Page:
In January of last year, I started keeping a 5-year journal. Each date of the year gets a page with five entry slots. Over the course of the year, you write your little entry in the current year's section. Eventually, you're writing on the same pages year after year.
I'd wanted to start the journal when my son was born, to serve as a little daily record where I could note our lives without feeling the "pressure" of recording everything or having to do long journal entries. There's only room for a couple of sentences in each entry -- just enough to capture the essence of each day. Most days I mention Gabriel and something he did, but this journal has been the repository for a lot more than mama memories.
Sometimes, it's really neat to read about what was going on last year at this same time. Right now, though, it's a little tough. I'm reading through, and to an extent reliving, a lot of the marital anguish that marred the spring of 2012. My journal notes involve things like anger, fear, and confusion. We were "going to counseling" (a sham, the purpose of which I may never know). We were coexisting, barely peacefully. He was working (or "working") long hours every single day, and/or not speaking to me for days on end, inviting his new social cohort of single college girls to hang out with us and being mean to me the whole time. I ask a lot of painful questions in this journal -- why is he still pretending he's not leaving me? is he trying to torture me? is it worth my sanity to keep trying to save this marriage when he is so clearly planning a future without me?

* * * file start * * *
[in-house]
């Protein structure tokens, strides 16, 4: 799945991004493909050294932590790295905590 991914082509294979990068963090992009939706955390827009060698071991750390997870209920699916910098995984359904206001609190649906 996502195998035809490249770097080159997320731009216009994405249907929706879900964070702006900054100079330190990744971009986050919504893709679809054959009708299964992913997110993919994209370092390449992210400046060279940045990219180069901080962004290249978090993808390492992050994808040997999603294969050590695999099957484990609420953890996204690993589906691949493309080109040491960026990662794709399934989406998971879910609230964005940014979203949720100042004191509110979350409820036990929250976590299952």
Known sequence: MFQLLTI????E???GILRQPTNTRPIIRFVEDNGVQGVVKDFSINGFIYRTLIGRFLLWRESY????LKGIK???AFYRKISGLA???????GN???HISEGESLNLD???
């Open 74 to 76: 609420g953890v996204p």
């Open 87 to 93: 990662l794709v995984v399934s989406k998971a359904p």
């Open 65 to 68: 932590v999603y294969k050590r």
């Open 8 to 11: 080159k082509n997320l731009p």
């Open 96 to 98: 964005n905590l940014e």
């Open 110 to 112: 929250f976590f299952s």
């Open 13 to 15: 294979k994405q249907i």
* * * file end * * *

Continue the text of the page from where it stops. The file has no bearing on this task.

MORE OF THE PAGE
Now, a year later, I can look around and know that everything will work out. I can tell that scared, exhausted woman with a new baby that there is grace for her, that her worst fears won't come true. I can even go for strings of full days without thinking about my ex or feeling the "scarlet D" burning on my forehead. But when I sit down each evening to write in my journal, I am taken right back to that miserable place, full of rage and hurt and fear. It's hard, so hard to walk myself through that experience again. Even if it's just a line a day.